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176

Or drink a joco-serious cup
With souls who've took their freedom

up,
And let my mind, beguiled by talk,
In Epicurus' garden walk,
Who thought it heaven to be serene;
Pain, hell; and purgatory, spleen.

190

Sometimes I dress, with women sit,
And chat away the gloomy fit;
Quit the stiff garb of serious sense,
And wear a gay impertinence,
Nor think nor speak with any pains,
But lay on fancy's neck the reins :
Talk of unusual swell of waist
In maid of honour loosely laced,
And beauty borrowing Spanish red,
And loving pair with separate bed,
And jewels pawned for loss of game,
And then redeemed by loss of fame;
Of Kitty (aunt left in the lurch
By grave pretence to go to church)
Perceived in hack with lover fine,
Like Will. and Mary on the coin:
And thus in modish manner we,
In aid of sugar, sweeten tea.

200

Permit, ye fair, your idol form,
Which e'en the coldest heart can warm,
May with its beauties grace my line,
While I bow down before its shrine,
And your throng'd altars with my lays
Perfume, and get by giving praise.
With speech so sweet, so sweet a mien
You excommunicate the Spleen,

208

Which, fiend-like, flies the magic ring
You form with sound, when pleased to

sing;
Whate'er you say, howe'er you move,
We look, we listen, and approve.
Your touch, which gives to feeling bliss,
Our nerves officious throng to kiss;
By Celia's pat, on their report,
The grave-aired soul, inclined to sport,
Renounces wisdom's sullen pomp,
And loves the floral game, to romp.
But who can view the pointed rays,
That from black eyes scintillant blaze?
Love on his throne of glory seems
Encompass'd with satellite beams.
But when blue eyes, more softly bright,
Diffuse benignly humid light,
We gaze, and see the smiling loves,
And Cytherea's gentle doves,
And raptured fix in such a face
Love's mercy-seat and throne of grace.
Shine but on age, you melt its snow;
Again fires long-extinguished glow,
And, charmed by witchery of eyes, ,
Blood long congealèd liquefies!
True miracle, and fairly done
By heads which are adored while on.

220

230

But oh, what pity 'tis to find
Such beauties both of form and mind,
By modern breeding much debased,
In half the female world at least!
Hence I with care such lotteries shun,
Where, a prize missed, I'm quite undone;

240

And han't, by venturing on a wife,
Yet run the greatest risk in life.

Mothers, and guardian aunts, forbear
Your impious pains to form the fair,
Nor lay out so much cost and art,
But to deflower the virgin heart;
Of every folly-fostering bed
By quickening heat of custom bred.
Rather than by your culture spoiled,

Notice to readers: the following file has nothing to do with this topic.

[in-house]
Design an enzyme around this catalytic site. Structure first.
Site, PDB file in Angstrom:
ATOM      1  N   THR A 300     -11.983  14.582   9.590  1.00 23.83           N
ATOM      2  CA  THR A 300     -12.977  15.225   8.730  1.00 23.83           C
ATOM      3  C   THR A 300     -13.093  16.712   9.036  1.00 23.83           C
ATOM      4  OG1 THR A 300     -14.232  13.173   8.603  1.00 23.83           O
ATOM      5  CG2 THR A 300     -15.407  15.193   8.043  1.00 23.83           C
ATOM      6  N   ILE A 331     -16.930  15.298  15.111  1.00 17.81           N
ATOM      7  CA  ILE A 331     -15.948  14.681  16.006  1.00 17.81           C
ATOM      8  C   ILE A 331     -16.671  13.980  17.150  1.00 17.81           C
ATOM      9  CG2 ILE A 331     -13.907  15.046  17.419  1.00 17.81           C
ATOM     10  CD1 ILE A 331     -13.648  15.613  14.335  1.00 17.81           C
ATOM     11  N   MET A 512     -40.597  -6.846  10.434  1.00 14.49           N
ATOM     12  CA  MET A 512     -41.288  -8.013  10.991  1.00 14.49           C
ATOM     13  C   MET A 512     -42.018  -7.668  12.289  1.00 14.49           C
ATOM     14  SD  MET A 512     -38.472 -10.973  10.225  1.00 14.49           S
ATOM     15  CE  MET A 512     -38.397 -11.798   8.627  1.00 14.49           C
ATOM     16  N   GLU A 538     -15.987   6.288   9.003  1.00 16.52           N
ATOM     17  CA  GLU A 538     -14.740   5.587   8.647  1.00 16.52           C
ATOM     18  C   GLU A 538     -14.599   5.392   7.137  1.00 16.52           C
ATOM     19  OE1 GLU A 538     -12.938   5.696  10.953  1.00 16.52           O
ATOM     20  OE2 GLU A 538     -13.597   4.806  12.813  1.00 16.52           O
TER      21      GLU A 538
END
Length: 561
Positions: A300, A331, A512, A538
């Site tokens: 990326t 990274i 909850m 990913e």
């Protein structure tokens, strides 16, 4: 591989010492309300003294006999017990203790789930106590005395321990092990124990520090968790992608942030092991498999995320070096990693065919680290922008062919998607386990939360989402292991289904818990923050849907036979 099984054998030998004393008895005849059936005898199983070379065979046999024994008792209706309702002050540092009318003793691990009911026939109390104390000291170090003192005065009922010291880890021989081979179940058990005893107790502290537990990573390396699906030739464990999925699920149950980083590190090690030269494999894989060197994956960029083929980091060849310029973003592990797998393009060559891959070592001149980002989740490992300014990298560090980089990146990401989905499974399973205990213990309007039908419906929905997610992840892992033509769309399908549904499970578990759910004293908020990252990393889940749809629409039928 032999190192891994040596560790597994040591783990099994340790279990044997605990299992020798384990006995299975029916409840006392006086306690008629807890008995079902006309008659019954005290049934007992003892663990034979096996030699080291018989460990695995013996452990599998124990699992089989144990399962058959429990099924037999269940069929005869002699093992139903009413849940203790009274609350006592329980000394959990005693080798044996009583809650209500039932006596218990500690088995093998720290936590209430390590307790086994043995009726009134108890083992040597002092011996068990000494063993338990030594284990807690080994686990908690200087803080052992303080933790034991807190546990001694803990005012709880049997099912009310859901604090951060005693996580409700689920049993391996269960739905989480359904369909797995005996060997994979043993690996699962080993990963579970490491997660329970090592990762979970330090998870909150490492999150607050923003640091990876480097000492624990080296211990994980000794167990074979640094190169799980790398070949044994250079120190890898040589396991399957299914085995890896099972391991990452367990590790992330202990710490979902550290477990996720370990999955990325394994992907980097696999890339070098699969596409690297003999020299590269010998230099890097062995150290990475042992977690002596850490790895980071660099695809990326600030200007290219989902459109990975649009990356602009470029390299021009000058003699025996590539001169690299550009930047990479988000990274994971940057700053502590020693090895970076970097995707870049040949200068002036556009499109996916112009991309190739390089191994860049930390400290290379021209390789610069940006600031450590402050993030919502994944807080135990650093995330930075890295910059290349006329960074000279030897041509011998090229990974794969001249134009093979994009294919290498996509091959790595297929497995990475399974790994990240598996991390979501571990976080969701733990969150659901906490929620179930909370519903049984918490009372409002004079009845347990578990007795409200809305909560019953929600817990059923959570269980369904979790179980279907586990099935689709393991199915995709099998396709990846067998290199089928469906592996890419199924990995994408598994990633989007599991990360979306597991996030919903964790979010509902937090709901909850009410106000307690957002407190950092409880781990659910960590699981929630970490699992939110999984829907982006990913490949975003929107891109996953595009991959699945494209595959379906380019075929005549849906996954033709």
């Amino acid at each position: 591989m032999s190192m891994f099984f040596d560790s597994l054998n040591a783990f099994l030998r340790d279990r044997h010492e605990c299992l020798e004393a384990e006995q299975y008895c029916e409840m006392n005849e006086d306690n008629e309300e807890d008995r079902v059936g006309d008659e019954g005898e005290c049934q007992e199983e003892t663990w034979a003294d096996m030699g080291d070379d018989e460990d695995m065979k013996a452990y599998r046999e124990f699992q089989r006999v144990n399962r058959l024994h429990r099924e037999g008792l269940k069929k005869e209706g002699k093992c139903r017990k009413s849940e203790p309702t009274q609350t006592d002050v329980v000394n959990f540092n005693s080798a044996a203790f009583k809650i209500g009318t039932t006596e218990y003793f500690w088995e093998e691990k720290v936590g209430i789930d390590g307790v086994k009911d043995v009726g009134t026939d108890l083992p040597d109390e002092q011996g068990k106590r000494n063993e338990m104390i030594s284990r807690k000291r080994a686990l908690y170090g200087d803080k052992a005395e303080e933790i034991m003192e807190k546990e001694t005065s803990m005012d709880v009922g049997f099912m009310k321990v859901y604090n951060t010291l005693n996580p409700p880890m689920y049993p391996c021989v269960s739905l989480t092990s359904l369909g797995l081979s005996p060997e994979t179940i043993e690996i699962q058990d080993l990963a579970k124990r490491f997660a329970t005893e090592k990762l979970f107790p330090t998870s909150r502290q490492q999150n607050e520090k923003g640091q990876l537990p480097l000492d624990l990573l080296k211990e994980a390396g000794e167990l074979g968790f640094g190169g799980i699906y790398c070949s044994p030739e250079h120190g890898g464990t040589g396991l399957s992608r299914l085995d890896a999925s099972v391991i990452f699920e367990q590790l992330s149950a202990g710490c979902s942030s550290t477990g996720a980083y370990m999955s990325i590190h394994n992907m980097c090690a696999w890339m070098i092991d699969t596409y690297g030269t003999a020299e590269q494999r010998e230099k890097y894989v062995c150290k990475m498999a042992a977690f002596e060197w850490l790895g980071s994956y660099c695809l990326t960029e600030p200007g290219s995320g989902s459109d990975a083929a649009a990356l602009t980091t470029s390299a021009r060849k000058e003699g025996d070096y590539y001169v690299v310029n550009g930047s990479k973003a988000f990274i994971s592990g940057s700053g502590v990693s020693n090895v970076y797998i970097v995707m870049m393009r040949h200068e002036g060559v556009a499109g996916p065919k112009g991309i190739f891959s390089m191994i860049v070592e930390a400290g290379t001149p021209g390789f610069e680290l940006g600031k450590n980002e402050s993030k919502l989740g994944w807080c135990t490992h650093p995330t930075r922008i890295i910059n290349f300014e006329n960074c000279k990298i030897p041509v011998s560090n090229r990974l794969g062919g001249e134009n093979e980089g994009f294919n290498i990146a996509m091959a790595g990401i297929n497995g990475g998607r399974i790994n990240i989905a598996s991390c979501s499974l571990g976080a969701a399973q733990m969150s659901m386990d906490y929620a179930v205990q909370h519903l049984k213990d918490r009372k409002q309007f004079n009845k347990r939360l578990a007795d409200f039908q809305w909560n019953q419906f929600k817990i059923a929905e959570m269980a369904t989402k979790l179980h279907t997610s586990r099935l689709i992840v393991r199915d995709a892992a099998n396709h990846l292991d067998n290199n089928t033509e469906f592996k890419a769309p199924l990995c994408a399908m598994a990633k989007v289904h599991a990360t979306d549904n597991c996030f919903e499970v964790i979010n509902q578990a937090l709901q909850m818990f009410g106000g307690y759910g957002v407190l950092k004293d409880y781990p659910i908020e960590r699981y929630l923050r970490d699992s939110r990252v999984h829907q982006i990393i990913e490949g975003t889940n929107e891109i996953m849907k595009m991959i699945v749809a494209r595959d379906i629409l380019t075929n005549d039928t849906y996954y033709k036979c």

Desist, and give us nature wild,
Delighted with a hoyden soul,
Which truth and innocence control.
Coquettes, leave off affected arts,
Gay fowlers at a flock of hearts;
Woodcocks to shun your snares have skill,
You show so plain you strive to kill.
In love the artless catch the

game, And they scarce miss who never aim.

250

260

The world's great Author did create
The sex to fit the nuptial state,
And meant a blessing in a wife
To solace the fatigues of life;
And old inspired times display,
How wives could love, and yet obey.
Then truth, and patience of control,
And housewife arts adorned the soul;
And charms, the gift of nature, shone;
And jealousy, a thing unknown;
Veils were the only masks they wore;
Novels (receipts to make a whore)
Nor ombre, nor quadrille they knew,
Nor Pam's puíssance felt at loo.

270

272

Wise men did not, to be thought gay,
Then compliment their power away:
But lest, by frail desires misled,
The girls forbidden paths should tread,
Of ignorance raised the safe high wall;
We sink ha-has, that show them all.
Thus we at once solicit sense,
And charge them not to break the fence.

280

Now, if untired, consider, friend, What I avoid to gain my end.

I never am at meeting seen, Meeting, that region of the Spleen; The broken heart, the busy fiend, The inward call, on Spleen depend.

290

Law, licensed breaking of the peace,
To which vacation is disease;
A gipsy diction scarce known well
By the magi, who law-fortunes tell,
I shun; nor let it breed within
Anxiety, and that the Spleen;
Law, grown a forest, where perplex
The mazes, and the brambles vex;
Where its twelve verdurers every day
Are changing still the public way:
Yet if we miss our path and err,
We grievous penalties incur;
And wanderers tire, and tear their skin,
And then get out where they went in.

300

I never game, and rarely bet, Am loth to lend, or run in debt.

302

No compter-writs me agitate;
Who moralising pass the gate,
And there mine eyes on spendthrifts turn,
Who vainly o'er their bondage mourn.
Wisdom, before beneath their care,
Pays her upbraiding visits there,
And forces folly through the grate
Her panegyric to repeat.
This view, profusely when inclined,
Enters a caveat in the mind :
Experience joined with common sense,
To mortals is a providence.

310

Passion, as frequently is seen,
Subsiding settles into Spleen.
Hence, as the plague of happy life,
I turn away from party-strife.
A prince's cause, a church's claim,
I've known to raise a mighty flame,
And priest, as stoker, very free
To throw in peace and charity.

320

That tribe, whose practicals decree
Small beer the deadliest heresy;
Who, fond of pedigree, derive
From the most noted whore alive;
Who own wine's old prophetic aid,
And love the mitre Bacchus made,
Forbid the faithful to depend
On half-pint drinkers for a friend,
And in whose gay red-lettered face
We read good living more than grace:
Nor they so pure, and so precise,
Immac'late as their white of eyes,

33)

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